.

Early recognition for Aston-led project to train next generation of scientists

Catarina Afonso achieved a Young Investigator Award
Aston-based Catarina Afonso, pictured front left, achieved a Young Investigator Award

8 August 2017

  • First cohort to be trained in advanced and novel research techniques to fill skills gap
  • In future, patients could do home tests to detect early stages of inflammatory diseases
  • Project is working across six EU countries with range of partners

A four-year EU project led by Aston University to train a new generation of scientists to detect and study inflammation in common conditions such as cardiovascular disease and diabetes, has achieved early recognition. 

MASSTRPLAN is a €3.5million initiative to train 14 early stage researchers in six countries in advanced and novel research techniques to fill a current skills gap in this area.

At the annual conference of the Society for Free Radical Research and the Oxygen Club of California’s world congress jointly held in Berlin recently, Catarina Afonso, an early career researcher based at Aston University, achieved a Young Investigator Award for her poster presentation.   

Project co-ordinator, Corinne Spickett, Professor of Biochemistry in the School of Life and Health Sciences at Aston University, said: “We are all delighted with Catarina’s success, which both recognises her abilities and the importance of the MASSTRPLAN project which is training our future research leaders in biomedicine. The award includes €800 in funding and an invitation to speak at the Society’s annual conference in Lisbon in June 2018.” 

The MASSTRPLAN project has received funding from the Marie Sklodowska-Curie EU Framework for Research and Innovation Horizon 2020, under grant agreement no: 675132.

Professor Spickett explained the purpose of the project: “Diabetes and obesity are the cause of major health problems in modern society, with more than a quarter of the UK population now being classed as obese. These conditions are part of something called metabolic syndrome, a cluster of conditions that includes high blood pressure, insulin resistance and high blood LDL cholesterol levels, all of which increase the risk of heart attack, stroke and kidney diseases.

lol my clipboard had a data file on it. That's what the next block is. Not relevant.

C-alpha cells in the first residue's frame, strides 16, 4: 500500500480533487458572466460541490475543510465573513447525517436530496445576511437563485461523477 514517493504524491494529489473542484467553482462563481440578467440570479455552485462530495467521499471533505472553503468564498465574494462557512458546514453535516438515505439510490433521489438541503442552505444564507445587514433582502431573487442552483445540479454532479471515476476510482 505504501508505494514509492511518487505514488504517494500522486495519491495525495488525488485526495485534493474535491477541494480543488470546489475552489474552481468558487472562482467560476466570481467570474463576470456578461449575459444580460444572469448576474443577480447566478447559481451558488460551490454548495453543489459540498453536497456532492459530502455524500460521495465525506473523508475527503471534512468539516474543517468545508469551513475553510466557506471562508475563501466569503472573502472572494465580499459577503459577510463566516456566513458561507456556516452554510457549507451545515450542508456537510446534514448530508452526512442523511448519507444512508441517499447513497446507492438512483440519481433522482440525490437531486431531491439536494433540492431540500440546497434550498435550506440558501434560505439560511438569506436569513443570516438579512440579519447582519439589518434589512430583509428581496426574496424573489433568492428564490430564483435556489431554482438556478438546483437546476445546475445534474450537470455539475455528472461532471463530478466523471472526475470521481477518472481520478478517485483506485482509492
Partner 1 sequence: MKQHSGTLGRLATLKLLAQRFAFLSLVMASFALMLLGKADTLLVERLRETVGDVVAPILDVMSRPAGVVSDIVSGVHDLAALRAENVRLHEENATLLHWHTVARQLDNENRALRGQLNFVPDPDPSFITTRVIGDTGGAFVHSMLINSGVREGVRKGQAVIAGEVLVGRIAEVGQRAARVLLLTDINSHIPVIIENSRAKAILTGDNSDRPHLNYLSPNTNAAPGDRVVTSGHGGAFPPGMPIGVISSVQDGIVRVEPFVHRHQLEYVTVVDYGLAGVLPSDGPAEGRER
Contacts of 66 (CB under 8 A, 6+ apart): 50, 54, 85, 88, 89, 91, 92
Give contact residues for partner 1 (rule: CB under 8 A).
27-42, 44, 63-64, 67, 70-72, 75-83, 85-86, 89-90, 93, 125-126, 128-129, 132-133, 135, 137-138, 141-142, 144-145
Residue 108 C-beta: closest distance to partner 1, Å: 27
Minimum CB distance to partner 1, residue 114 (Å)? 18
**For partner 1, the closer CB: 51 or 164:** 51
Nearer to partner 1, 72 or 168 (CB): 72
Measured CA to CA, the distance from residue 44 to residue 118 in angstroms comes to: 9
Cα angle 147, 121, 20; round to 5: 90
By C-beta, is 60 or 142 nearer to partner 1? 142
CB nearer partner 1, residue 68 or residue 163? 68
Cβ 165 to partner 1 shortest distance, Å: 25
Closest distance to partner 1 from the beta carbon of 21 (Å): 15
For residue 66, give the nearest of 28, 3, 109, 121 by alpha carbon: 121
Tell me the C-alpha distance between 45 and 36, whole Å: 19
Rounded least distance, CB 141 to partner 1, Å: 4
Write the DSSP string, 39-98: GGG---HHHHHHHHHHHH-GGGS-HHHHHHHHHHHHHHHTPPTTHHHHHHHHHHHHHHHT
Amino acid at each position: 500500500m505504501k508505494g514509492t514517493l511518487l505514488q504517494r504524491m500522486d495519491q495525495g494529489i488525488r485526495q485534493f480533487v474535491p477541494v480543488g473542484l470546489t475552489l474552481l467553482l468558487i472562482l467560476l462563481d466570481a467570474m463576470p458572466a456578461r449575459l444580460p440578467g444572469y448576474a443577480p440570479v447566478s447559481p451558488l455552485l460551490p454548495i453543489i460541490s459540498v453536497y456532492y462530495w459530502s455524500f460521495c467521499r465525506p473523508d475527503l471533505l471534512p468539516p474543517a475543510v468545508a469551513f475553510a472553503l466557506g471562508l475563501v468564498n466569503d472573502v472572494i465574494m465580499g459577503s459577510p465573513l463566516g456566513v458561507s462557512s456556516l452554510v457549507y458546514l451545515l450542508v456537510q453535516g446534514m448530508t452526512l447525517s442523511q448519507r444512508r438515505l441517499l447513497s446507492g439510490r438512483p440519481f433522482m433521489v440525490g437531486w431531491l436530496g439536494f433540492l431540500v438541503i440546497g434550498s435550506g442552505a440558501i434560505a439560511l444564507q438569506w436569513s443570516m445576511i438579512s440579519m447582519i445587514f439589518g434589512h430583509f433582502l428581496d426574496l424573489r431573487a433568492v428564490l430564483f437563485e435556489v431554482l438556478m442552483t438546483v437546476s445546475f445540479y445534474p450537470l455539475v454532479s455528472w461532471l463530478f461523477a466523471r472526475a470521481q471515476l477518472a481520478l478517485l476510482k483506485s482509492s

“These diseases are linked to increased inflammation, which occurs when the immune system becomes activated and produces lots of damaging compounds.  Some of these damaging compounds attack molecules in the human body by a process that involves adding oxygen atoms - referred to as oxidation.

“In situations where there is excess fats or lipids such as cholesterol and triglycerides circulating in the blood, the lipid molecules can be attacked and oxidized. These oxidized lipids become sticky, like old cooking oil, and react with the proteins and cells in the body, changing their function.”

The early stage researchers are studying the proteins most susceptible to attack by sticky lipids, how this changes the function of these proteins, and why this makes cells behave in a way that causes disease.

“As the sticky lipids and sticky-lipid-proteins are thought to be potential markers for early stages of disease, the project is also developing new methods of detecting them, mainly using an advanced technique called mass spectrometry that measures the mass of molecules, but also by making specific antibodies to be used in simple tests, similar to pregnancy test kits, for use in patients’ homes or GPs surgeries,” she added. 

Chronic inflammatory diseases such as diabetes and cardiovascular disease are major causes of mortality and are hugely costly to the EU economy in terms of healthcare and lost working days.

Cardiovascular disease alone is estimated to be responsible for 47 per cent of deaths and to cost the EU €196 billion a year. Therefore, the earlier the disease can be diagnosed, the earlier treatment can begin and patients can make lifestyle choices to help them improve and manage their condition.

The researchers are based at universities, hospitals, a research institute and commercial companies in England, Italy, Portugal, Germany, Belgium and Spain. They began working on the MASSTRPLAN project in October 2016 and have just completed the first year of their programme.  

MASSTRPLAN LOGO

ENDS

Notes to the editor 

MASSTRPLAN stands for Mass Spectrometry Training for Protein Lipid Adduct Analysis. For more information go to the website or MASSTRPLAN’s Facebook page.

Founded in 1895 and a University since 1966, Aston University has been always been a force for change. For 50 years the University has been transforming lives through pioneering research, innovative teaching and graduate employability success. Aston is renowned for its opportunity enabler through broad access and inspiring academics, providing education that is applied and has real impact on all areas of society, business and industry.

For more information, call Susi Turner, Press & PR Officer, on 0121 204 4978 or email s.j.turner@aston.ac.uk   

Be first to get the latest news, research and expert comment from Aston by following us on Twitter: @AstonPress